“No,” he said, “but it is always good policy to claim the uttermost and then you will be sure to get something.”
Could he have looked forward fifty years and have seen the present condition of his unhappy country, he would have known that English greed and selfishness could defeat any policy, however wise and far-seeing. The successive steps by which Irish commerce was ruined and religious feuds between her people continually fanned into life, and the nation subjugated, form the darkest page in the history of England. But the people are awakening at last to their duty, and, for the first time, organizing English public sentiment in favor of “Home Rule.” I attended several large, enthusiastic meetings when last in England, in which the most radical utterances of Irish patriots were received with prolonged cheers. I trust the day is not far off when the beautiful Emerald Isle will unfurl her banner before the nations of the earth, enthroned as the Queen Republic of those northern seas!
We visited Wordsworth’s home at Grasmere, among the beautiful lakes, but he was not there. However, we saw his surroundings—the landscape that inspired some of his poetic dreams, and the dense rows of hollyhocks of every shade and color, leading from his porch to the gate. The gardener told us this was his favorite flower. Though it had no special beauty in itself, taken alone, yet the wonderful combination of royal colors was indeed striking and beautiful. We saw Harriet Martineau at her country home as well as at her house in town. As we were obliged to converse with her through an ear trumpet, we left her to do most of the talking. She gave us many amusing experiences of her travels in America, and her comments on the London Convention were rich and racy. She was not an attractive woman in either manner or appearance, though considered great and good by all who knew her.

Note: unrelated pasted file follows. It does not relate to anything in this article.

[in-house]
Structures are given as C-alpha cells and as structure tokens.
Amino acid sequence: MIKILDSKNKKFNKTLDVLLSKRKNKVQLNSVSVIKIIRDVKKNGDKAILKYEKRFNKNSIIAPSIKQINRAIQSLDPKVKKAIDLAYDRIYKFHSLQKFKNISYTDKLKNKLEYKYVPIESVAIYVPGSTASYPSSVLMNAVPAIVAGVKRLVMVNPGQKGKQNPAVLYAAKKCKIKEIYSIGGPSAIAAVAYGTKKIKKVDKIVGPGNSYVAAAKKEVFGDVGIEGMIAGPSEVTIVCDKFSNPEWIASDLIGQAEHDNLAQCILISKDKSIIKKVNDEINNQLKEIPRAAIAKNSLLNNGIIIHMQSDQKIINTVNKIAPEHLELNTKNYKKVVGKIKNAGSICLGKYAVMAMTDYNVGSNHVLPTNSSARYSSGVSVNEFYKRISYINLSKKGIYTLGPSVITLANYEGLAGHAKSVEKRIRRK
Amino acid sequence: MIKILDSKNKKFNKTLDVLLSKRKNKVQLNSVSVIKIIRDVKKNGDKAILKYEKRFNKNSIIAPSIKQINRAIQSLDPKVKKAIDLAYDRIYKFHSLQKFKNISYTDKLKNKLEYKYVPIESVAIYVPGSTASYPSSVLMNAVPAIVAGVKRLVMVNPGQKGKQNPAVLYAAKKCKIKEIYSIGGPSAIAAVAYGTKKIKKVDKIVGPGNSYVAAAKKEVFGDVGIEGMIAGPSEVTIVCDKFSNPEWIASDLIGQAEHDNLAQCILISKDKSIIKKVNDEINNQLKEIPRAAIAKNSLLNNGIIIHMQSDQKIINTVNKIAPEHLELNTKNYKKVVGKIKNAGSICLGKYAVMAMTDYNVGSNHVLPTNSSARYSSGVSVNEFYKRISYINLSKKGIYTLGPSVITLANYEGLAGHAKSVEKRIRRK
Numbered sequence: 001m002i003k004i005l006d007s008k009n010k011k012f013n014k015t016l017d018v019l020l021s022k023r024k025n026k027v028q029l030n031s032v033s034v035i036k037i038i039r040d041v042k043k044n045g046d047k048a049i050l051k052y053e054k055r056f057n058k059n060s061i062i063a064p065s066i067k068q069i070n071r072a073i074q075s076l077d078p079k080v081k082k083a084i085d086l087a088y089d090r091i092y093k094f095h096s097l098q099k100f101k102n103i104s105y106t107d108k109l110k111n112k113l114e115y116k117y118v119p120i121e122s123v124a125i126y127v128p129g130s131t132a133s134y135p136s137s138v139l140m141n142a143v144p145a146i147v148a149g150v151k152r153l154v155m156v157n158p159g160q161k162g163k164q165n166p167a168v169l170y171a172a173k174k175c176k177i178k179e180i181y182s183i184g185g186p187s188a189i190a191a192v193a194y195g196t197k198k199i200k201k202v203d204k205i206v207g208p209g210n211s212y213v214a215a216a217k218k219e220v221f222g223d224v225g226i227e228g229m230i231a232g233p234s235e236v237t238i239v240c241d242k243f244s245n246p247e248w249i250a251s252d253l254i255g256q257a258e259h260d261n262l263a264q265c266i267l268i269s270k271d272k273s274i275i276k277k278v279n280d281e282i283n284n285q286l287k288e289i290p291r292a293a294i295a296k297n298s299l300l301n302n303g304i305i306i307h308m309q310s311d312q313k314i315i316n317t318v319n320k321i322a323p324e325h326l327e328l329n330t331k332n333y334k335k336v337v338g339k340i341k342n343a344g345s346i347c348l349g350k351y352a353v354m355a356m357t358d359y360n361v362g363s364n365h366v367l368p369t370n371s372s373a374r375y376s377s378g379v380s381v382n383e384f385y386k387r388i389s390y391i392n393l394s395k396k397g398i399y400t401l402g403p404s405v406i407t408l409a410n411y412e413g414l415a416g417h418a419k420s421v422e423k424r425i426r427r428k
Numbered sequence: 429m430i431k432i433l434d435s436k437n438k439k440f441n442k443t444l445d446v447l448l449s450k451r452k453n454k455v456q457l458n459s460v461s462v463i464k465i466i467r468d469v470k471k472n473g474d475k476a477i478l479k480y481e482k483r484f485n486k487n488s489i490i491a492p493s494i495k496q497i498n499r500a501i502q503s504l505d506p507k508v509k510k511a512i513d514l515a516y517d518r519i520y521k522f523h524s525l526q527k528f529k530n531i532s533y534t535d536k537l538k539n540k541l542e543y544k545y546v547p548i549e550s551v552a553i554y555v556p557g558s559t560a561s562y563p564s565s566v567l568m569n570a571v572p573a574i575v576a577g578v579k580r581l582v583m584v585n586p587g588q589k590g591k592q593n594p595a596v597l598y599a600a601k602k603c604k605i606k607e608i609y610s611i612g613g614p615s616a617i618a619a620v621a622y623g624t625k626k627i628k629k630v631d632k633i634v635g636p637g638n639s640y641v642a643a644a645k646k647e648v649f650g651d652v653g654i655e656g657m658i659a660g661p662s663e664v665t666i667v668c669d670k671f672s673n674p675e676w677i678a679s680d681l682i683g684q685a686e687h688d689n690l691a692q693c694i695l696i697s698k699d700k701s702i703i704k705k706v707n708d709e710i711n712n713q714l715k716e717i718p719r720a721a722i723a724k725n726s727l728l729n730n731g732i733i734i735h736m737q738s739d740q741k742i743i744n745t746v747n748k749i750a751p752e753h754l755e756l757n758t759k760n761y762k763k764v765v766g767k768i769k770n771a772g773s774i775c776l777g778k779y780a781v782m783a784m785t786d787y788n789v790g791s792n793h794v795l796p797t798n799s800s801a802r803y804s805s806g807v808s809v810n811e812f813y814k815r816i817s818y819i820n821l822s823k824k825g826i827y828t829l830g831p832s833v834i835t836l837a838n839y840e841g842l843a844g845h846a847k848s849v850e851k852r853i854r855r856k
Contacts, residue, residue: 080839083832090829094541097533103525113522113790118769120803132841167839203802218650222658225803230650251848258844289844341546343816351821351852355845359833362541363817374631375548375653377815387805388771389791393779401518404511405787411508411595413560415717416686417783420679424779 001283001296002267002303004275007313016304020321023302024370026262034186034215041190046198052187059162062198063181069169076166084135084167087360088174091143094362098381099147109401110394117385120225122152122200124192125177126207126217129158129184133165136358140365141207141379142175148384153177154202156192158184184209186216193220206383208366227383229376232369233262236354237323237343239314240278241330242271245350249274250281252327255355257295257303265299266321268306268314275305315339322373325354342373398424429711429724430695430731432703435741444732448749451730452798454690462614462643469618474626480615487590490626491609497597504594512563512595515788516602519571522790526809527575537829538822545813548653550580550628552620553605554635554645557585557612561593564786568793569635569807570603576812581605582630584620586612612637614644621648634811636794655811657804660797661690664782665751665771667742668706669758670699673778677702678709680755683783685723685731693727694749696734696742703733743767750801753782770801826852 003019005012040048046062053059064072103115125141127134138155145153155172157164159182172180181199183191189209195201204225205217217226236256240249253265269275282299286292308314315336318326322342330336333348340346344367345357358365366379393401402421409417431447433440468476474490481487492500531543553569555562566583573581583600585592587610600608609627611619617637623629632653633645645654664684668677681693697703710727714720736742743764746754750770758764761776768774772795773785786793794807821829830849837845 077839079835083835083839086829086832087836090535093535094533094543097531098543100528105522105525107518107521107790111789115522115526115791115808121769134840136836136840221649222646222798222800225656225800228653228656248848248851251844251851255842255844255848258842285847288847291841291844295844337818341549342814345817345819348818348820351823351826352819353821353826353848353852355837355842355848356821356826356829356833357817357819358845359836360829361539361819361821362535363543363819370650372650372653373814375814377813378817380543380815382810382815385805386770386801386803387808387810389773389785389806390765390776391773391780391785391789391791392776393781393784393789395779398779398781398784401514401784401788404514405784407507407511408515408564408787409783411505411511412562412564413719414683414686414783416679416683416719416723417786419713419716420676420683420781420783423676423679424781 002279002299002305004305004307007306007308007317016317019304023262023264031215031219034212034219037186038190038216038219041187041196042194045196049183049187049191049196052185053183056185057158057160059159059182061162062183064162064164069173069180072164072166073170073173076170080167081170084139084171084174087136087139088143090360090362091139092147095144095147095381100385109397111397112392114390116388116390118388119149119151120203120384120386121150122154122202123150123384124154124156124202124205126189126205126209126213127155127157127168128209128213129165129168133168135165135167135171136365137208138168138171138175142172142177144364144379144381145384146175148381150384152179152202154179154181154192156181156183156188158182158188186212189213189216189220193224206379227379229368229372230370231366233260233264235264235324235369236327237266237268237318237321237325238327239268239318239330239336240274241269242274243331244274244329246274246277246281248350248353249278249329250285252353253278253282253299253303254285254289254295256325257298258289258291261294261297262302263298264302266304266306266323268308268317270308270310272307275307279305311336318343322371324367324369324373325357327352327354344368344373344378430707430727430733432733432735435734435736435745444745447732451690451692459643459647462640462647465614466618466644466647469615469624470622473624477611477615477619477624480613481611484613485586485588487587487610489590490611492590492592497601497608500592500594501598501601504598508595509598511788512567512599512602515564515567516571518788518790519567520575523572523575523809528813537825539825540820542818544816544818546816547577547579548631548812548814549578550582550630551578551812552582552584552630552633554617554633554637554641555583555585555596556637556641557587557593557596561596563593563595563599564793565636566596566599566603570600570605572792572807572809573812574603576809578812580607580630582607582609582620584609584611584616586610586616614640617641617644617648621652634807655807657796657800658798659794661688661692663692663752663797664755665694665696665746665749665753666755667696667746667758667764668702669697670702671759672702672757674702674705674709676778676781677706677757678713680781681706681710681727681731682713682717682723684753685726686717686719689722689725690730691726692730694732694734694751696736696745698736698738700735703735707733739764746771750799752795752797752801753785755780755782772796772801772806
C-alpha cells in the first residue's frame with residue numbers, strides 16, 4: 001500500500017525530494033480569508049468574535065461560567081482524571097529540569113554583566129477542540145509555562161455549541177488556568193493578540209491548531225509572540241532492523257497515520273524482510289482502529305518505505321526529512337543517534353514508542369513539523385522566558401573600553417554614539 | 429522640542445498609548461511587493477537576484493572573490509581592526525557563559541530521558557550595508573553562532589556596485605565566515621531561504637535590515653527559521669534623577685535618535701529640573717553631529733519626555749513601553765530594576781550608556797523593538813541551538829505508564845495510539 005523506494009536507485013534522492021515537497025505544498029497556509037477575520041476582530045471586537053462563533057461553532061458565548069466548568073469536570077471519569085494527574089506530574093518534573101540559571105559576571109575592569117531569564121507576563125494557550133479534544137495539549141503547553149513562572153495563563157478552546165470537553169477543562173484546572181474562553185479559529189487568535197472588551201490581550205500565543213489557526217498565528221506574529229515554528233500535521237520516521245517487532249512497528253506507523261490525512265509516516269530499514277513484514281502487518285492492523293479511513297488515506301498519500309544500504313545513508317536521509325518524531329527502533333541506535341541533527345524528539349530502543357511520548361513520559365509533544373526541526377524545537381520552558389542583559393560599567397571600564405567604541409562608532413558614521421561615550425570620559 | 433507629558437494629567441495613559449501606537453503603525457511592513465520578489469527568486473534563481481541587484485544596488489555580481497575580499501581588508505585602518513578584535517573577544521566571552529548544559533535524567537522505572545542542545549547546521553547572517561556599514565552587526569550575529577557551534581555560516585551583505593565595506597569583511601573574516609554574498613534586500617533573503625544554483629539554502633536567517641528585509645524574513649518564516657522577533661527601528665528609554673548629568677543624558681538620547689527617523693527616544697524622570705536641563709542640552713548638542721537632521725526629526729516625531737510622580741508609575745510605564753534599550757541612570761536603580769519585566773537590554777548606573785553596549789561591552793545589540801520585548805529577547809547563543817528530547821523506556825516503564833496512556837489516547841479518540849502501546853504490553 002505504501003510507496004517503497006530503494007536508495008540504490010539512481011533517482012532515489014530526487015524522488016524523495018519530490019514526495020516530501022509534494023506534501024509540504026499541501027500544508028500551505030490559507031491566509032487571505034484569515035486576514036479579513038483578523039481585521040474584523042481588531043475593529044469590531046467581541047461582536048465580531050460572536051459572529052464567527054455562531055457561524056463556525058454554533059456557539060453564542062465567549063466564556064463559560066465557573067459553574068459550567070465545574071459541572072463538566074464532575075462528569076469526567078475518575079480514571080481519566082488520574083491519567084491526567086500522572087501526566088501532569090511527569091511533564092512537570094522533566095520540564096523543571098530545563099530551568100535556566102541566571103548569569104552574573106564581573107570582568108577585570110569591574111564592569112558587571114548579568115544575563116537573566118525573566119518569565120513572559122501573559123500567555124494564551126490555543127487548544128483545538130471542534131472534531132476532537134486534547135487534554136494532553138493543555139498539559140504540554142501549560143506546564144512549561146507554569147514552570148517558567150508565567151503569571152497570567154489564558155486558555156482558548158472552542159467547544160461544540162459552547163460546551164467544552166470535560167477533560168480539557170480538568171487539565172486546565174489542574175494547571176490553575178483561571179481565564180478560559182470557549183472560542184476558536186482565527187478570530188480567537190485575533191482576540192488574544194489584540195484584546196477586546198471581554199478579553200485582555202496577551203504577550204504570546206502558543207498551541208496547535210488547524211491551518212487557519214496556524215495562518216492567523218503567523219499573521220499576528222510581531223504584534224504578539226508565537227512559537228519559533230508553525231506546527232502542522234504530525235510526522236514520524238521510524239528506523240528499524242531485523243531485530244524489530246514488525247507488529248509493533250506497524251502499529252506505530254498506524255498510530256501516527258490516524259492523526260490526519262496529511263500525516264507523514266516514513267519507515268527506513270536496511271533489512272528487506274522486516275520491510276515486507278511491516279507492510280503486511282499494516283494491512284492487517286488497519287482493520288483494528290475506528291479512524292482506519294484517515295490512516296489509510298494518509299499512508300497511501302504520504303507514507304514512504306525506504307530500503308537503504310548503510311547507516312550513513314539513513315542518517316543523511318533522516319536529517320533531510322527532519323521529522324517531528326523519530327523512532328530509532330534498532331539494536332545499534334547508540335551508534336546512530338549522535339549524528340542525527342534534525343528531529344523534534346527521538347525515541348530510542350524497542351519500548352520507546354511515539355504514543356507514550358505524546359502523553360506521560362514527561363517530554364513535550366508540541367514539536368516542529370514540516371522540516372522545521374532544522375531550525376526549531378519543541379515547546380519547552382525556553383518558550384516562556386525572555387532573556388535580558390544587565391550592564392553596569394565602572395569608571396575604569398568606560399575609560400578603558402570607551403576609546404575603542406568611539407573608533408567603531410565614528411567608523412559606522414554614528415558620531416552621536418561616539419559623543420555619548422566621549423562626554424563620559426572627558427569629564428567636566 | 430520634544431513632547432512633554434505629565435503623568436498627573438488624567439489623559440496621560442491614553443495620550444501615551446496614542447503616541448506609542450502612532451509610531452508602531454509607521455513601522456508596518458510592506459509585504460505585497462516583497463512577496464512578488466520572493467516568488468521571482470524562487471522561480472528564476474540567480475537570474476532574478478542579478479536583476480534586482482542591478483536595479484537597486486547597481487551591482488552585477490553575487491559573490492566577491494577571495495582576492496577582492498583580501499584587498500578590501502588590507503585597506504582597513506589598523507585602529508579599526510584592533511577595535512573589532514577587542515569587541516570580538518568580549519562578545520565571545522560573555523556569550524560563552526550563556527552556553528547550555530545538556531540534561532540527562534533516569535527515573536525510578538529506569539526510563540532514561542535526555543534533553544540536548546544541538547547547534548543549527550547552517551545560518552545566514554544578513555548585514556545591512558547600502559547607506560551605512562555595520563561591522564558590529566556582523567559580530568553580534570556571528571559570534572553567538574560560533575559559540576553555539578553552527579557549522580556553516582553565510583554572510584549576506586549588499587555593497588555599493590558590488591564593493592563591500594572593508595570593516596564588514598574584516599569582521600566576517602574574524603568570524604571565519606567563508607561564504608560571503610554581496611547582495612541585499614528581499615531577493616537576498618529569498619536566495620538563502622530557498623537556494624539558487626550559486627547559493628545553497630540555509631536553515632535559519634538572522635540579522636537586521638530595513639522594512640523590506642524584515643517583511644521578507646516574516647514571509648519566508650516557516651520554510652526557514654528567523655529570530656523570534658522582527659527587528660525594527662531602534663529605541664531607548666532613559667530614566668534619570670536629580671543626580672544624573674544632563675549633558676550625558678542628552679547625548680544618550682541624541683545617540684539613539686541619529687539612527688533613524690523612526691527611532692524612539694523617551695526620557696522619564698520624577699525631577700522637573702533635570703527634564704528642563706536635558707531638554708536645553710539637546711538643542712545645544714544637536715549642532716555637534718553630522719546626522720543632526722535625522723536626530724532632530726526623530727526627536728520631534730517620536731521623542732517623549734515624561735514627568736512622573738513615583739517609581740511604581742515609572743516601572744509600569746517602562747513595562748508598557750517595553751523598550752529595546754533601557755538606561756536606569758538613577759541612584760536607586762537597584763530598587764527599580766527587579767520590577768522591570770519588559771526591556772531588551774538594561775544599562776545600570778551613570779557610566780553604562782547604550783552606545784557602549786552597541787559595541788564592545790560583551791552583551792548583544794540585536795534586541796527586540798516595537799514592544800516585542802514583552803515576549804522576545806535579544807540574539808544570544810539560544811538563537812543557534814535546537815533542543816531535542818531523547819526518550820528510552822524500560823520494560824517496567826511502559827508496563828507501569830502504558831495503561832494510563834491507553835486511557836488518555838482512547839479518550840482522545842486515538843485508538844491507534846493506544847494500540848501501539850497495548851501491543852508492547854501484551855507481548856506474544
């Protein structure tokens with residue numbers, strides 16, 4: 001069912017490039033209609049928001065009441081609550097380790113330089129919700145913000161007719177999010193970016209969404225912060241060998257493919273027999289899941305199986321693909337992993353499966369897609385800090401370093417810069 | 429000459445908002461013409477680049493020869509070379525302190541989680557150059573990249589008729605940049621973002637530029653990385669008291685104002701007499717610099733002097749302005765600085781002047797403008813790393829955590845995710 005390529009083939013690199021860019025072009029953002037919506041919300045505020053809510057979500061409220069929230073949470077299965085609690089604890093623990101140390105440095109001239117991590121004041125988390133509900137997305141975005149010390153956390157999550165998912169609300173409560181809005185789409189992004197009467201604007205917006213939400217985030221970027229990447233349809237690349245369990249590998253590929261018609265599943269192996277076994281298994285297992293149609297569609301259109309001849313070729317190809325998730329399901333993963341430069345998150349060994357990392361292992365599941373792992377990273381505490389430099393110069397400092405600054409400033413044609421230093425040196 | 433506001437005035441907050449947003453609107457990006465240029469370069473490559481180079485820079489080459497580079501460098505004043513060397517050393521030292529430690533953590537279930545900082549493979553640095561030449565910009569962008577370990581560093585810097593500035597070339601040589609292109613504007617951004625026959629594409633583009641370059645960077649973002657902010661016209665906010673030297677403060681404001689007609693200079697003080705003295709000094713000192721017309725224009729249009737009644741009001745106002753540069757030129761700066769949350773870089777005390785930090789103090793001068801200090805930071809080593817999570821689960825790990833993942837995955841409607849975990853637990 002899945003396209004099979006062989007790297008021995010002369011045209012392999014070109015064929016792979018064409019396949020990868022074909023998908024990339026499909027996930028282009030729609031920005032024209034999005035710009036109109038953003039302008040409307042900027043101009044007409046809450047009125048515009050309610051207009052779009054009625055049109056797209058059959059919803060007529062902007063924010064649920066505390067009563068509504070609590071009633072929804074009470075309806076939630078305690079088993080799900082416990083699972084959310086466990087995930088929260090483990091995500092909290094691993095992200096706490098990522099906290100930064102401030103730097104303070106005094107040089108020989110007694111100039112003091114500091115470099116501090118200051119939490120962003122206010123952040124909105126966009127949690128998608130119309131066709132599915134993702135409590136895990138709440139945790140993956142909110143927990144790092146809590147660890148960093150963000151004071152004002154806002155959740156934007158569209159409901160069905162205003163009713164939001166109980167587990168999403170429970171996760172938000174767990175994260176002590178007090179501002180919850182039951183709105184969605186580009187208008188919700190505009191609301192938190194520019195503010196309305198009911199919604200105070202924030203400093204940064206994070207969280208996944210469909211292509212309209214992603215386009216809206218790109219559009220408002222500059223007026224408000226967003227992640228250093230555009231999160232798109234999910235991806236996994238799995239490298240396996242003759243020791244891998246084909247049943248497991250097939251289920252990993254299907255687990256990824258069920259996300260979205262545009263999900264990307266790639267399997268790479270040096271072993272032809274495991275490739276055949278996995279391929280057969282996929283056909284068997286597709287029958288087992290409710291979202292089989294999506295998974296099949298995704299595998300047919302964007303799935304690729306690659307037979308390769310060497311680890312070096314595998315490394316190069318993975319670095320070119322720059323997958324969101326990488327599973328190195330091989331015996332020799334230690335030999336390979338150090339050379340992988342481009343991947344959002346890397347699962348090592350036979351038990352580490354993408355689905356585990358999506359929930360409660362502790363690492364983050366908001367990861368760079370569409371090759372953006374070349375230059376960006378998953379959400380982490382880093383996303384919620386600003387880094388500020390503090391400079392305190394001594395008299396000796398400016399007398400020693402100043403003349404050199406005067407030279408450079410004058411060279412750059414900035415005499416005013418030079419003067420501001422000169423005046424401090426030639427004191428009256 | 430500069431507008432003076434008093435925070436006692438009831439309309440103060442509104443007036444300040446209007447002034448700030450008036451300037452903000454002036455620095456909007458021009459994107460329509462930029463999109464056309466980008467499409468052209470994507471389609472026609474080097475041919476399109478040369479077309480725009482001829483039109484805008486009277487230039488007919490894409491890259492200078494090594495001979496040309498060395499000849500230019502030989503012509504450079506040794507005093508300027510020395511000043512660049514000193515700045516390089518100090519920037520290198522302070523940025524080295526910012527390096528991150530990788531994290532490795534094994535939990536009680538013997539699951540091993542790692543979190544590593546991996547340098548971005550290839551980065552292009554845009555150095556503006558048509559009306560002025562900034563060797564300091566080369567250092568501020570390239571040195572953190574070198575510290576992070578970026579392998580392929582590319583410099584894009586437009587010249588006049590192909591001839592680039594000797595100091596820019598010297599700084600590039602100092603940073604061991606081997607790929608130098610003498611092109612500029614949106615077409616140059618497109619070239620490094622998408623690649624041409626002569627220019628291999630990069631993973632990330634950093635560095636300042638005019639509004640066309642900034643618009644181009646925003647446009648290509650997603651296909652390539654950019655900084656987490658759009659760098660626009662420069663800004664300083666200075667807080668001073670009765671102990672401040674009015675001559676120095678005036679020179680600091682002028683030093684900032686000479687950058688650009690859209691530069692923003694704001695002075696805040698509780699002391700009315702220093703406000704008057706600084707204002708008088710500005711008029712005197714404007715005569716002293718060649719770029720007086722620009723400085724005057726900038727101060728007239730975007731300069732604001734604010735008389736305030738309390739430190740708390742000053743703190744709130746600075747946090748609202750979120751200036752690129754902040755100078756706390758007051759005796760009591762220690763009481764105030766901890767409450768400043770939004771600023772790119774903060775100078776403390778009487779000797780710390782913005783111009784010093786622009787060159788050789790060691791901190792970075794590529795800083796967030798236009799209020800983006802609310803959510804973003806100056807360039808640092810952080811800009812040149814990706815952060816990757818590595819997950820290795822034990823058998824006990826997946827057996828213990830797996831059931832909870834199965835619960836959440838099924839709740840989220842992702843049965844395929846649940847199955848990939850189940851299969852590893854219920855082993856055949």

We spent a few days with Thomas Clarkson, in Ipswich. He lived in a very old house with long rambling corridors, surrounded by a moat, which we crossed’ by means of a drawbridge. He had just written an article against the colonization scheme, which his wife read aloud to us. He was so absorbed in the subject that he forgot the article was written by himself, and kept up a running applause with “hear!” “hear!” the English mode of expressing approbation. He told us of the severe struggles he and Wilberforce had gone through in rousing the public sentiment of England to the demand for emancipation in Jamaica. But their trials were mild, compared with what Garrison and his coadjutors had suffered in America.
Having read of all these people, it was difficult to realize, as I visited them in their own homes from day to day, that they were the same persons I had so long worshiped from afar!